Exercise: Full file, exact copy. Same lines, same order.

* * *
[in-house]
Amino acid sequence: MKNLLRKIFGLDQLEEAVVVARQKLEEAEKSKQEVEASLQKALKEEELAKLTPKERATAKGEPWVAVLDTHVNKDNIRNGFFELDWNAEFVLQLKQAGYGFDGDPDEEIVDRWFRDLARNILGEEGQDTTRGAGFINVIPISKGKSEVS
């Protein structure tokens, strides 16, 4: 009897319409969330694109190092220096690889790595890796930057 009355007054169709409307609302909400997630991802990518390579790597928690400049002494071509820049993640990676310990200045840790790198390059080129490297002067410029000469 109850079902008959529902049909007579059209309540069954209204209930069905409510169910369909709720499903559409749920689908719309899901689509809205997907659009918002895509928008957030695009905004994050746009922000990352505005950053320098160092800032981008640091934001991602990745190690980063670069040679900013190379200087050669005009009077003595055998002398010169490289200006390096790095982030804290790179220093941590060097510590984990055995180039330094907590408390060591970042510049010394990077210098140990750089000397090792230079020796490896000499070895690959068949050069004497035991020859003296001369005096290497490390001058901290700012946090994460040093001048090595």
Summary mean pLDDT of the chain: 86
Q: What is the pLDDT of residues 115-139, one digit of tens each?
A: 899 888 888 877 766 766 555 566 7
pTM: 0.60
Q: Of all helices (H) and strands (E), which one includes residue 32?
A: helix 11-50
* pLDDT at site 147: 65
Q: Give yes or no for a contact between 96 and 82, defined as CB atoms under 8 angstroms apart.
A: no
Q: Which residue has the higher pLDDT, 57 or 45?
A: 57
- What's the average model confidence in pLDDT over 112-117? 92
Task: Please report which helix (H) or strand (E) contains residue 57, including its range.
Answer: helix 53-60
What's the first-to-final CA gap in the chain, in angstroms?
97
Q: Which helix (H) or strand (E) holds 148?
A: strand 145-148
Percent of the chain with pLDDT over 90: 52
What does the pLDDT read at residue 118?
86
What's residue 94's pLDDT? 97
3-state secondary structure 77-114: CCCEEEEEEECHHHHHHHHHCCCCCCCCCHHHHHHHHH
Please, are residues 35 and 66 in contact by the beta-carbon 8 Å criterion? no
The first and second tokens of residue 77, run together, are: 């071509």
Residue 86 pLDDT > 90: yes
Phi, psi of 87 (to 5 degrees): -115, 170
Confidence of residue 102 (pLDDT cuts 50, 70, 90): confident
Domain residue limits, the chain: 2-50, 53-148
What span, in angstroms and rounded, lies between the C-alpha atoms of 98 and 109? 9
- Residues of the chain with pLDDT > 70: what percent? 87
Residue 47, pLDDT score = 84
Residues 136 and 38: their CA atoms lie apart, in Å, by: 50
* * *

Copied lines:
[in-house]
Amino acid sequence: MKNLLRKIFGLDQLEEAVVVARQKLEEAEKSKQEVEASLQKALKEEELAKLTPKERATAKGEPWVAVLDTHVNKDNIRNGFFELDWNAEFVLQLKQAGYGFDGDPDEEIVDRWFRDLARNILGEEGQDTTRGAGFINVIPISKGKSEVS
């Protein structure tokens, strides 16, 4: 009897319409969330694109190092220096690889790595890796930057 009355007054169709409307609302909400997630991802990518390579790597928690400049002494071509820049993640990676310990200045840790790198390059080129490297002067410029000469 109850079902008959529902049909007579059209309540069954209204209930069905409510169910369909709720499903559409749920689908719309899901689509809205997907659009918002895509928008957030695009905004994050746009922000990352505005950053320098160092800032981008640091934001991602990745190690980063670069040679900013190379200087050669005009009077003595055998002398010169490289200006390096790095982030804290790179220093941590060097510590984990055995180039330094907590408390060591970042510049010394990077210098140990750089000397090792230079020796490896000499070895690959068949050069004497035991020859003296001369005096290497490390001058901290700012946090994460040093001048090595």
Summary mean pLDDT of the chain: 86
Q: What is the pLDDT of residues 115-139, one digit of tens each?
A: 899 888 888 877 766 766 555 566 7
pTM: 0.60
Q: Of all helices (H) and strands (E), which one includes residue 32?
A: helix 11-50
* pLDDT at site 147: 65
Q: Give yes or no for a contact between 96 and 82, defined as CB atoms under 8 angstroms apart.
A: no
Q: Which residue has the higher pLDDT, 57 or 45?
A: 57
- What's the average model confidence in pLDDT over 112-117? 92
Task: Please report which helix (H) or strand (E) contains residue 57, including its range.
Answer: helix 53-60
What's the first-to-final CA gap in the chain, in angstroms?
97
Q: Which helix (H) or strand (E) holds 148?
A: strand 145-148
Percent of the chain with pLDDT over 90: 52
What does the pLDDT read at residue 118?
86
What's residue 94's pLDDT? 97
3-state secondary structure 77-114: CCCEEEEEEECHHHHHHHHHCCCCCCCCCHHHHHHHHH
Please, are residues 35 and 66 in contact by the beta-carbon 8 Å criterion? no
The first and second tokens of residue 77, run together, are: 């071509």
Residue 86 pLDDT > 90: yes
Phi, psi of 87 (to 5 degrees): -115, 170
Confidence of residue 102 (pLDDT cuts 50, 70, 90): confident
Domain residue limits, the chain: 2-50, 53-148
What span, in angstroms and rounded, lies between the C-alpha atoms of 98 and 109? 9
- Residues of the chain with pLDDT > 70: what percent? 87
Residue 47, pLDDT score = 84
Residues 136 and 38: their CA atoms lie apart, in Å, by: 50